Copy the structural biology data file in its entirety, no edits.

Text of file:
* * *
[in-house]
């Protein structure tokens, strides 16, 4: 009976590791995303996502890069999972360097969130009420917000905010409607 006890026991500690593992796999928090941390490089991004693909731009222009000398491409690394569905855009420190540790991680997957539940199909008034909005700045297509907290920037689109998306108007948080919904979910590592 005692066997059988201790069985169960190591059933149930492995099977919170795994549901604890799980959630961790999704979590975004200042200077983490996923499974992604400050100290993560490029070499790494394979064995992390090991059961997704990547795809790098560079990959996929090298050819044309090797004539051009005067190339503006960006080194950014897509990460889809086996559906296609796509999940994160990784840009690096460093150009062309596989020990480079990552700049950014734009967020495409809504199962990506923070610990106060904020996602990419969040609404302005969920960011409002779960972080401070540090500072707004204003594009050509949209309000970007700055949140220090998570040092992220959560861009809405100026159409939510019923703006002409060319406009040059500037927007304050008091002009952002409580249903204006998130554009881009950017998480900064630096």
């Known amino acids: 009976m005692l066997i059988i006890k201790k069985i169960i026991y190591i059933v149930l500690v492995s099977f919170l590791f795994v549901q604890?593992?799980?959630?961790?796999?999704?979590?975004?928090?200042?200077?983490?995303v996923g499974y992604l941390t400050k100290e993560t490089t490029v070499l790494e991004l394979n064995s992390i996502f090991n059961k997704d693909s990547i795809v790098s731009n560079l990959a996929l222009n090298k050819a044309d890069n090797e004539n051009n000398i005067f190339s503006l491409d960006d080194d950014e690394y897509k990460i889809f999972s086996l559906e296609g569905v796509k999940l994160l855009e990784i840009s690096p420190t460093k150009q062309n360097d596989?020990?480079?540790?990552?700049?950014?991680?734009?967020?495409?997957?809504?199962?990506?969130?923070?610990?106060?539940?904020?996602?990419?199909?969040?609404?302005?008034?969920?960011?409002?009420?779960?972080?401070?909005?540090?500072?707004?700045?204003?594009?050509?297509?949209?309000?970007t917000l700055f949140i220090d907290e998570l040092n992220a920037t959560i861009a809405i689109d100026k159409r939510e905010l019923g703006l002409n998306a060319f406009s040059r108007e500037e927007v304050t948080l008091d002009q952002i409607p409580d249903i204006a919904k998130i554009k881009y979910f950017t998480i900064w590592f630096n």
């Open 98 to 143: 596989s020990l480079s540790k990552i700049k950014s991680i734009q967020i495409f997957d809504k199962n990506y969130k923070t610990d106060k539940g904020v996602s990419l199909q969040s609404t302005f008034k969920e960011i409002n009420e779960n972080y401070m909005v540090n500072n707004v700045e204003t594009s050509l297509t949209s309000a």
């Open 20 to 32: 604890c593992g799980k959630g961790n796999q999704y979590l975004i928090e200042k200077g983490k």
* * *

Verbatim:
[in-house]
């Protein structure tokens, strides 16, 4: 009976590791995303996502890069999972360097969130009420917000905010409607 006890026991500690593992796999928090941390490089991004693909731009222009000398491409690394569905855009420190540790991680997957539940199909008034909005700045297509907290920037689109998306108007948080919904979910590592 005692066997059988201790069985169960190591059933149930492995099977919170795994549901604890799980959630961790999704979590975004200042200077983490996923499974992604400050100290993560490029070499790494394979064995992390090991059961997704990547795809790098560079990959996929090298050819044309090797004539051009005067190339503006960006080194950014897509990460889809086996559906296609796509999940994160990784840009690096460093150009062309596989020990480079990552700049950014734009967020495409809504199962990506923070610990106060904020996602990419969040609404302005969920960011409002779960972080401070540090500072707004204003594009050509949209309000970007700055949140220090998570040092992220959560861009809405100026159409939510019923703006002409060319406009040059500037927007304050008091002009952002409580249903204006998130554009881009950017998480900064630096």
């Known amino acids: 009976m005692l066997i059988i006890k201790k069985i169960i026991y190591i059933v149930l500690v492995s099977f919170l590791f795994v549901q604890?593992?799980?959630?961790?796999?999704?979590?975004?928090?200042?200077?983490?995303v996923g499974y992604l941390t400050k100290e993560t490089t490029v070499l790494e991004l394979n064995s992390i996502f090991n059961k997704d693909s990547i795809v790098s731009n560079l990959a996929l222009n090298k050819a044309d890069n090797e004539n051009n000398i005067f190339s503006l491409d960006d080194d950014e690394y897509k990460i889809f999972s086996l559906e296609g569905v796509k999940l994160l855009e990784i840009s690096p420190t460093k150009q062309n360097d596989?020990?480079?540790?990552?700049?950014?991680?734009?967020?495409?997957?809504?199962?990506?969130?923070?610990?106060?539940?904020?996602?990419?199909?969040?609404?302005?008034?969920?960011?409002?009420?779960?972080?401070?909005?540090?500072?707004?700045?204003?594009?050509?297509?949209?309000?970007t917000l700055f949140i220090d907290e998570l040092n992220a920037t959560i861009a809405i689109d100026k159409r939510e905010l019923g703006l002409n998306a060319f406009s040059r108007e500037e927007v304050t948080l008091d002009q952002i409607p409580d249903i204006a919904k998130i554009k881009y979910f950017t998480i900064w590592f630096n």
């Open 98 to 143: 596989s020990l480079s540790k990552i700049k950014s991680i734009q967020i495409f997957d809504k199962n990506y969130k923070t610990d106060k539940g904020v996602s990419l199909q969040s609404t302005f008034k969920e960011i409002n009420e779960n972080y401070m909005v540090n500072n707004v700045e204003t594009s050509l297509t949209s309000a």
């Open 20 to 32: 604890c593992g799980k959630g961790n796999q999704y979590l975004i928090e200042k200077g983490k």